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this is the woman you saw



 
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this is the woman you saw #1 (permalink) Fri Sep 14, 2012 13:45 pm   this is the woman you saw
 

English Grammar Tests, Elementary Level

ESL/EFL Test #222 "Articles (3)", question 9

Are you sure this is ......... woman you saw shoplifting in the store?

(a) a
(b) an
(c) the
(d) (none)

English Grammar Tests, Elementary Level

ESL/EFL Test #222 "Articles (3)", answer 9

Are you sure this is the woman you saw shoplifting in the store?

Correct answer: (c) the
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When article 'a' and article 'the' should be used?

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this is the woman you saw #2 (permalink) Fri Sep 14, 2012 14:06 pm   this is the woman you saw
 

Wish it were that simple :))
The reason why "the" is used in this example is because the woman in question is specific, not just any woman.
Compare:
I saw a woman in the store. The woman was stealing merchandise.
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this is the woman you saw #3 (permalink) Fri Sep 14, 2012 15:31 pm   this is the woman you saw
 

Please read this: http://www.english-test.net/lessons/16/index.html

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Re: Test incompl/elem-222, Question 9 #4 (permalink) Fri Sep 14, 2012 16:26 pm   Re: Test incompl/elem-222, Question 9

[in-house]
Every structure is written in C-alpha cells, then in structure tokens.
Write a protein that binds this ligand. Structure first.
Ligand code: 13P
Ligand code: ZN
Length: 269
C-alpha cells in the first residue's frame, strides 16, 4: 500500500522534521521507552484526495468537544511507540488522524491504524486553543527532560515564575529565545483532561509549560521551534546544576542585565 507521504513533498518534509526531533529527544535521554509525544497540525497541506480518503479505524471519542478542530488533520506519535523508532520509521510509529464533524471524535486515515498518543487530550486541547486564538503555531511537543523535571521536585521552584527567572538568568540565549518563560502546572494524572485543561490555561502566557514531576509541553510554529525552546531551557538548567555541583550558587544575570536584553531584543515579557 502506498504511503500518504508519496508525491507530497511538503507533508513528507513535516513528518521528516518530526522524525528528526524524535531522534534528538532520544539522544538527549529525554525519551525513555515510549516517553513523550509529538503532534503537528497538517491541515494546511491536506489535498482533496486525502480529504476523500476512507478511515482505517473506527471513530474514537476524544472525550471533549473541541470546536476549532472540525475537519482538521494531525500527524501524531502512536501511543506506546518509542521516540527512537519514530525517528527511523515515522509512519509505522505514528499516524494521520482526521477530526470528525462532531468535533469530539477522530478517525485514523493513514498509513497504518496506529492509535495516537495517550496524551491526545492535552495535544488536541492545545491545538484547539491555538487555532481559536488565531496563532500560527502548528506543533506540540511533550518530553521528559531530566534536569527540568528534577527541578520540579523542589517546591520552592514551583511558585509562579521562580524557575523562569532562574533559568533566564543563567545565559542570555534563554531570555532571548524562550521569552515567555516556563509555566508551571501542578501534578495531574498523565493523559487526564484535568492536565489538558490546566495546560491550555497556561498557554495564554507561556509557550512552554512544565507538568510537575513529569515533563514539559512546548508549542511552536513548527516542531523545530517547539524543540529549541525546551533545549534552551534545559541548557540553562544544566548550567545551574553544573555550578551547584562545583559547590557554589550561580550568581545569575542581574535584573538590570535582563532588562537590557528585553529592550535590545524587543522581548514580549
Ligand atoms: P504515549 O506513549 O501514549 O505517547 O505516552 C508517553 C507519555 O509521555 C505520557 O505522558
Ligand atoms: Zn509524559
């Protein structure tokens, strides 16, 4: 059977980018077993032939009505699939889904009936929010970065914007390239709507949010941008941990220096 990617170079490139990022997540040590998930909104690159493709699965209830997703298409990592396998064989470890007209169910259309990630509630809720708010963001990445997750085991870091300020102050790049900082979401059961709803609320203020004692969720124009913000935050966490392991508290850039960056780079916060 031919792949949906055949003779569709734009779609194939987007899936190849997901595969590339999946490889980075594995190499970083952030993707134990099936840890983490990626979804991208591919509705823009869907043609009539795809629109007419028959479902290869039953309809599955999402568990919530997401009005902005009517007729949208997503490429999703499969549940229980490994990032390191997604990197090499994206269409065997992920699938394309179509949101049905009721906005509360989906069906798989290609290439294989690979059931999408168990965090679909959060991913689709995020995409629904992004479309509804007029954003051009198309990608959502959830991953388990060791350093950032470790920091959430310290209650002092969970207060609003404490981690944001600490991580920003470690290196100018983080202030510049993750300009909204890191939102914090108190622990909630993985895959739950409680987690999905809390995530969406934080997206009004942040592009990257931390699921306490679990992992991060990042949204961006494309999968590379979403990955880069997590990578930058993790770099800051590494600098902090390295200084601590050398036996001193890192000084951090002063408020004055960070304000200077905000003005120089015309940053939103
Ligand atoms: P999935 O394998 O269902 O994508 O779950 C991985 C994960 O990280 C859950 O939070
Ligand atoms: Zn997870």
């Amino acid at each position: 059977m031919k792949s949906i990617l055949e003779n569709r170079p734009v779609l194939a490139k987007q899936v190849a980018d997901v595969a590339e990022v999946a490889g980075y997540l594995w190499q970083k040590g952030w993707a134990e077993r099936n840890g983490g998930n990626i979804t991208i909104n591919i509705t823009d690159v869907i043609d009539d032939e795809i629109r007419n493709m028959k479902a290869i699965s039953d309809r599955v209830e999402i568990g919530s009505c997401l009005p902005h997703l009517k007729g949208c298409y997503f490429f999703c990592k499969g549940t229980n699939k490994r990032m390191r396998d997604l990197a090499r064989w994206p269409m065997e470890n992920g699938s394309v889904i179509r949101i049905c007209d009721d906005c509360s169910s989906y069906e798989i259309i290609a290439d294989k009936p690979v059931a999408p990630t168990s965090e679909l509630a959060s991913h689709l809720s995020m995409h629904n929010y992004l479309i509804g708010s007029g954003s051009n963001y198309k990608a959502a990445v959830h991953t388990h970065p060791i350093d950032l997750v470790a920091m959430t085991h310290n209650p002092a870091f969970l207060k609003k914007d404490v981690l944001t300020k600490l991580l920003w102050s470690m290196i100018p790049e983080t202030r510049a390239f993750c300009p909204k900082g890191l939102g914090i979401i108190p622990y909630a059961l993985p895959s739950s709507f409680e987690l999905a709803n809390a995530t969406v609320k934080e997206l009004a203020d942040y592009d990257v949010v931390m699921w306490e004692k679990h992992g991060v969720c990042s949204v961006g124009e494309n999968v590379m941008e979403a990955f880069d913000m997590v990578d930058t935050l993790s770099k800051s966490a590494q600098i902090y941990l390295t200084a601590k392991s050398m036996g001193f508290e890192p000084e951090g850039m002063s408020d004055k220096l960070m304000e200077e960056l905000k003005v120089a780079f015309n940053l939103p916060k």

[quote="Nandhini_Devi]
When article 'a' and article 'the' should be used?
===========
Nandhini, your question, when put grammatically and in full, will change into:
When should the article 'a/an' and the article 'the' be used?

Now as regards the use of the articles I must say that it is an important area which most non-natives of English, particularly Asians, are confronted with. However, I shall make a small attempt to give you some idea.

As we know, there are two types of articles - non-definite and definite - represented respectively by words 'a/an' and 'the'. The phonetic rule demands that we use 'a' before words beginning with a consonantal sound and 'an' before words beginning with a vowel sound. So, we say thus: a book, a woman, a European, a university, a year etc and an apple, an Indian, an hour, an uncle etc. (For the definite article also we have the phonetic rule, but it becomes notable only while speaking)

Now, the non-definite article is used before any count noun.
e.g. He has a car. She bought an apple etc.
It is used to refer to any thing or any one general.
e.g. I saw a blind man on the street. (This could be any one)
It is used to refer to anything generic.
e.g. A lion is a wild animal. (All lions are wild animals)
It is used to refer to someone's occupation or profession.
e.g. He is a carpenter. She is a singer. (Before the names of occupations/professions)
[Though there are other uses, this will do for the time being]

If you are interested in the use of the definite article, let me know so that I can illustrate it with explanations supported by examples.
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